It’s time to jump in the pool

December 1, 2020

NZNO needs its members to be involved in its campaigns. Sitting passively on the side-lines, waiting for things to happen, is not what democracy is about.

Stephanie Thomas
Stephanie Thomas
We stand on the brink of a new year – a good time to assess the challenges ahead. Not only are there huge issues we need to address globally – climate change for instance – but there are issues much closer to home that affect us in our working lives.

How much value is placed on our work, for example, in the profession that most of you reading this article have chosen as your work/life path?

Here in Aotearoa New Zealand we’ve just been through an amazing election process for a new government. We now have one with a clear majority. I believe we have that because people mobilised themselves. We got involved in campaigns, whether that was about COVID-19, housing, health, marijuana or euthanasia. Then we voted.

For lasting change to occur, we need to be engaged, and involved in local and national issues. We need to step up and many of us do, which is fantastic! Ka pai and kia kaha to you.

It takes more than just ticking a box sometimes to show your support for change to occur. Sometimes it is best to go to a meeting and to speak up. Sometimes that might mean stepping out of our comfort zones and holding a picket sign outside the office of your employer or going on a hikoi.

Our ancestors, many of our mothers, aunts, sisters, grandmothers and great grandmothers, stood up and got involved to ensure women in generations to come had the right to vote. Thank goodness for their foresight, courage and commitment to women’s suffrage.

Life is busy. We have commitments, we have whānau, all priorities for us. So often we women put everything else ahead of ourselves but, as our forebears did, we need to make our mahi a priority, for the sake of our daughters’ futures. As nurses we also tend to put others before ourselves. Prioritise yourself and your colleagues too.

Leadership seen in deeds

The important values of societies and cultures are captured in proverbs or sayings, such as “Actions speak louder than words” or “Mā te mahi e kitea ai he rangatira, ehara mā te kōrero” (leadership is seen in deeds, not just in words).

Nobody joins an organisation, no matter what kind, to be a passive participant. Nothing happens that way. Alternatively, things might happen and we end up being unhappy about the result and expressing our disappointment. The question is, what did we do to bring that change about?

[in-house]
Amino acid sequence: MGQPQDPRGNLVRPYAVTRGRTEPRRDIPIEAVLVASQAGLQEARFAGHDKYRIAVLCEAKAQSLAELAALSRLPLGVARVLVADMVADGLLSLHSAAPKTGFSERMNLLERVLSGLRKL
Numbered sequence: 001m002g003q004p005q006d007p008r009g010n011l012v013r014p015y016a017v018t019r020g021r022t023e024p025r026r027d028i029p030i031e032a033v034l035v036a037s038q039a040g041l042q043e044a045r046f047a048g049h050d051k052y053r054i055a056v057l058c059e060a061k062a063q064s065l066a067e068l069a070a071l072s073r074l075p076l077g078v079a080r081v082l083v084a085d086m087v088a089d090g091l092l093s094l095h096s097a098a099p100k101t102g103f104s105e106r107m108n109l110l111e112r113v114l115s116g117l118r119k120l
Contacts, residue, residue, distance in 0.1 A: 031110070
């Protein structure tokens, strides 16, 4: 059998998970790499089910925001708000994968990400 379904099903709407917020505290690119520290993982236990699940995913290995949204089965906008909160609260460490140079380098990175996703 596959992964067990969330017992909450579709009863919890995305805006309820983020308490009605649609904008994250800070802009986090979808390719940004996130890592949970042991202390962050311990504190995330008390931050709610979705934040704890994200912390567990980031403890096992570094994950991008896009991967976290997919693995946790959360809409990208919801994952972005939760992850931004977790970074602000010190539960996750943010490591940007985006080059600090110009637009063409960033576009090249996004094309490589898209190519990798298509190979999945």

Nobody joins their local swimming club without jumping in the pool. What would be the point of standing on the pool edge watching? It’s the same with being part of NZNO. Not only are we a professional body, we are a trade union and in 2021, we need our members to get involved and not sit on the side-lines, waiting for things to happen to us.

Nobody joins an organisation, no matter what kind, to be a passive participant. Nothing happens that way.

There is a lot more to democracy than casting a vote once every three years. Political action in parliament responds to public opinion. It’s the job of politicians to represent our views. Taking action helps guide the Government as it develops policies and laws that affect us. If we don’t give direction, we can’t complain if things don’t go the way we hoped.

As the Māori proverb suggests, we should not just sit back and wait for our political leaders to tell us what to do. Taking action in our workplaces is an important way to maintain the integrity of the whole democratic and political process. By taking action in our own lives, at home and at work and in our communities, we become leaders and role models ourselves, on behalf of our whānau, our workmates, and future generations.

Our ancestors who fought for women’s suffrage stepped up, against the huge social pressures of their times, when a woman’s place was in the home, and politics was left to men. They stepped right outside their comfort zone. Through their courage and strength, they created great opportunities for us. We owe it to them not to waste their legacy.

One of the hardest things about taking action is planning and strategising. But that is where we develop a shared vision for the future and create possibilities. The exchange of ideas is a creative, imaginative process, and as you put forward your own ideas, you get to know others and form strong friendships – one of the benefits of being in a union.

There are so many campaigns that need you right now – In Safe Hands, the primary health-care multi-employer collective agreement (MECA), the care capacity demand management programme, the district health board MECA. We need members to get involved and support these campaigns. Come, jump in the pool, the water is warm!